Zhang et al. investigated the effect of ketamine injections on pain-induced depression in SD rats. The rats were injected with Freund’s adjuvant to elicit allodynia, depression, and hyperalgesia, which were later confirmed by mobility and sucrose preference tests. Fourteen days later, one group of rats was injected with 1 mL ketamine (20 mg/kg), while the other group was injected with 1 mL saline as a vehicle treatment. Results showed that one injection of ketamine was effective at reducing allodynia and immobility time and increasing sucrose preference. These findings suggest that ketamine has an effect on treating the comorbidity of inflammatory pain and consequent depression. In this same study, hippocampal levels of IDO, kynurenine, and Trp were evaluated upon the administration of ketamine. Results showed that both IDO and the kynurenine/Trp ratio were decreased due to the ketamine injection, suggesting that pain-relieving and antidepressant effects were achieved via the kynurenine pathway [46].
Zhou et al. also conducted a study to investigate the effect of IDO on depression and comorbid pain. C57/BL6J and Ido1−/− mice were included in the study, and surgery was performed to obtain spared nerve injury as a model for neuropathic pain. The surgery resulted in decreased social interaction and increased immobility time, confirming depression-like behavior in mice. Although results showed that this induction of inflammation did not lead to an increase in IDO in the brain, there was a significant increase in the liver. Consequently, higher kynurenine levels and kynurenine/Trp ratios were only observed in the plasma, and not in the hippocampus or the frontal cortex, providing interesting findings compared to the study that did find significant increases in hippocampal tissues. Mice that did not have IDO expression did not show a decrease in social interaction and an increase in immobility following the spared nerve injury, suggesting that this enzyme is necessary for the expression of this behavior. However, the test showed that they still developed allodynia, showing that the lack of IDO is not enough to prevent pain [47].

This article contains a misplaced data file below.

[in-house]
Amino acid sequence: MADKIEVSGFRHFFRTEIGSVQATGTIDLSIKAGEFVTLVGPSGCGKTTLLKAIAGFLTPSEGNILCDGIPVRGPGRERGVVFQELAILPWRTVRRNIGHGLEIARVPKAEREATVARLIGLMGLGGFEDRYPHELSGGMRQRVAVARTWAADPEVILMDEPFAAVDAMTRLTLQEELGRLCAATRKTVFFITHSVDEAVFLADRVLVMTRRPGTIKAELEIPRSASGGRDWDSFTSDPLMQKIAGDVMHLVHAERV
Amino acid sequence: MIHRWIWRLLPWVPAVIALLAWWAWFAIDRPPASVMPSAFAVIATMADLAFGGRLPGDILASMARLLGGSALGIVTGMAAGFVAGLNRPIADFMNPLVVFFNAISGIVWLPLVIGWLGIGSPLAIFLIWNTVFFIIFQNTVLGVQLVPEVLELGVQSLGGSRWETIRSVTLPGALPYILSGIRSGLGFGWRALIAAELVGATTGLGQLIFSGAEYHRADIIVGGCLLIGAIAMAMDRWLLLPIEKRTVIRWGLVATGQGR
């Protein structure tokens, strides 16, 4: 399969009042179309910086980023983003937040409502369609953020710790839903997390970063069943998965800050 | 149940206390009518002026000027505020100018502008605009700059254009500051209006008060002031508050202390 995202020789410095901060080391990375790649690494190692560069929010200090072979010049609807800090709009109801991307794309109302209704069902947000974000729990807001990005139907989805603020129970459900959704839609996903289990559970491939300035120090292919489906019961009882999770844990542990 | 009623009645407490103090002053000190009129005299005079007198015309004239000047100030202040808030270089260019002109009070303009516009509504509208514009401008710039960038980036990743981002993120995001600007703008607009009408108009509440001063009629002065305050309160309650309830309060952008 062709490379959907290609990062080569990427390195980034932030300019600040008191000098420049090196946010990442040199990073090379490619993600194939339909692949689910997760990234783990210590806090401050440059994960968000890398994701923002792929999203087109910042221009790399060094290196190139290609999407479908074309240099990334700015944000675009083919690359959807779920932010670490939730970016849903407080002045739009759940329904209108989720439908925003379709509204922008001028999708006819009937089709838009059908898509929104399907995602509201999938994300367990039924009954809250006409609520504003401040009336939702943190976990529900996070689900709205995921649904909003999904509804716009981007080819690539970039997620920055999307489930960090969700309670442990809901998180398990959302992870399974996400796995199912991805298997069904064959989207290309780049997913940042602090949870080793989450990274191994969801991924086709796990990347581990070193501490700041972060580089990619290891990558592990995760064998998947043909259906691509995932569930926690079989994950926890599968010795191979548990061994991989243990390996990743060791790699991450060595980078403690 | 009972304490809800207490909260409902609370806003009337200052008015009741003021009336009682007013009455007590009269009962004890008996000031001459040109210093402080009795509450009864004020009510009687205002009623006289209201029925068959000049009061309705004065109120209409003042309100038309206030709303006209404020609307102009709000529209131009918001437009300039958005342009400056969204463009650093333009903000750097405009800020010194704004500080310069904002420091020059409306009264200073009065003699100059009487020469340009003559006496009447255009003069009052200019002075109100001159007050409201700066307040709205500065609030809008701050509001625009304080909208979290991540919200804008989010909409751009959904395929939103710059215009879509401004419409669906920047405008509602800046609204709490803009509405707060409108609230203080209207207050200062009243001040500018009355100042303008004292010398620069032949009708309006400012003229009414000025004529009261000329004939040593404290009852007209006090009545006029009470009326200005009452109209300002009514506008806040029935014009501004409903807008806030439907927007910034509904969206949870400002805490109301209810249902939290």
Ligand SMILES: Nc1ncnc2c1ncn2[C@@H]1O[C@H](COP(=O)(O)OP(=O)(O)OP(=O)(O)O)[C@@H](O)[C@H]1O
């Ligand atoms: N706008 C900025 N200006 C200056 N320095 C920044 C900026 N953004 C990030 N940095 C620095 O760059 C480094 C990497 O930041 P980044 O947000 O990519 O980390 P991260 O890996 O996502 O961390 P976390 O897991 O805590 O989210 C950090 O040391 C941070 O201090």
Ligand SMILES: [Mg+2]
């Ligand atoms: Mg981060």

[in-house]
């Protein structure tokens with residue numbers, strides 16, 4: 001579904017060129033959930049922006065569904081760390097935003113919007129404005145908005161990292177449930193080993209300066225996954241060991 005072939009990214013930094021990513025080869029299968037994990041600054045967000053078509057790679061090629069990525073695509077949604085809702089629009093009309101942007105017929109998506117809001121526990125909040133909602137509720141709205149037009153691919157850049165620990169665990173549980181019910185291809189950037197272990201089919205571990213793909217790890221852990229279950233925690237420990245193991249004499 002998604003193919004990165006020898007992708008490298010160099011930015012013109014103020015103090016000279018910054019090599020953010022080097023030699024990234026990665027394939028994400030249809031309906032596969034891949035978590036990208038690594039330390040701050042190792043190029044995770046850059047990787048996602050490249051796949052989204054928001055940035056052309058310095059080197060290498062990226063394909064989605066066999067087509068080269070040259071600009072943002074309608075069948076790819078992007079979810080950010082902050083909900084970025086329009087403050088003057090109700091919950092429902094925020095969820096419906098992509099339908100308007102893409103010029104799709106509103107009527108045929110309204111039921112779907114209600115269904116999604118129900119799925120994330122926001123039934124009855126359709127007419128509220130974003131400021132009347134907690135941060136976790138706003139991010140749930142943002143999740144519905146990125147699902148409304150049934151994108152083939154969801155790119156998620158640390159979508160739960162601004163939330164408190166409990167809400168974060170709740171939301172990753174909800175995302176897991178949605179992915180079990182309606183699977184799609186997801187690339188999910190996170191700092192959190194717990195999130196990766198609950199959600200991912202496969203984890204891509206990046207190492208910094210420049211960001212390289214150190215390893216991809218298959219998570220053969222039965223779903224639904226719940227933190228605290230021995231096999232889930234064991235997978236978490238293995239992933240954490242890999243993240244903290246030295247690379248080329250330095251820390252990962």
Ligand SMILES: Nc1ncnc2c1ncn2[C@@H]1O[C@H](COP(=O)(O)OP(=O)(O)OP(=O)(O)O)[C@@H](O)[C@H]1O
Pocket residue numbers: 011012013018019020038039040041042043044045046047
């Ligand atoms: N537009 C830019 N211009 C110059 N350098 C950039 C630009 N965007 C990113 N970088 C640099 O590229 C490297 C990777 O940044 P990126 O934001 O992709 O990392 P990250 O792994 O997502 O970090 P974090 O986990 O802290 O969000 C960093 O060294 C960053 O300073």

8. Conclusions

Millions around the globe suffer from comorbid chronic pain and depression. Elucidating the molecular pathways involved in both of these conditions is critical in developing effective treatments and improving patient outcomes. Upon exploring the literature on chronic pain and depression, inflammation was found to be a crucial factor in both morbidities. Further investigation of inflammation pointed to the kynurenine pathway, one of the dominant sequela of Trp, an essential amino acid. The kynurenine pathway is extensive, producing many metabolites that have different reactions in various regions of the body and brain.
As highlighted throughout the article, kynurenine levels and kynurenine/Trp ratios were consistently elevated in patients with depression and chronic pain, and they were also noticeably abnormal in animal studies. Regarding the metabolites of kynurenine, KYNA was deemed to be neuroprotective, and was regularly found at lower levels in those same patient populations. On the other hand, QUIN was found to be neurotoxic, especially to the hippocampus, and was abnormally elevated in the plasma of patients with depression and chronic pain. However, it was not only the metabolites that played a role in these morbidities. The IDO enzyme also elevated kynurenine levels, which likely led to certain metabolites, notably QUIN, being produced in excess, while others, such as KYNA, were suppressed. IDO was found to be stimulated by inflammation, demonstrating another link between the kynurenine pathway and the pathogenesis of these morbidities. Overall, a pattern was observed in all studies involving depression and chronic patients: elevated QUIN levels and decreased KYNA levels. Future studies might consider investigating the role these specific metabolites can play in the treatment of these common morbidities.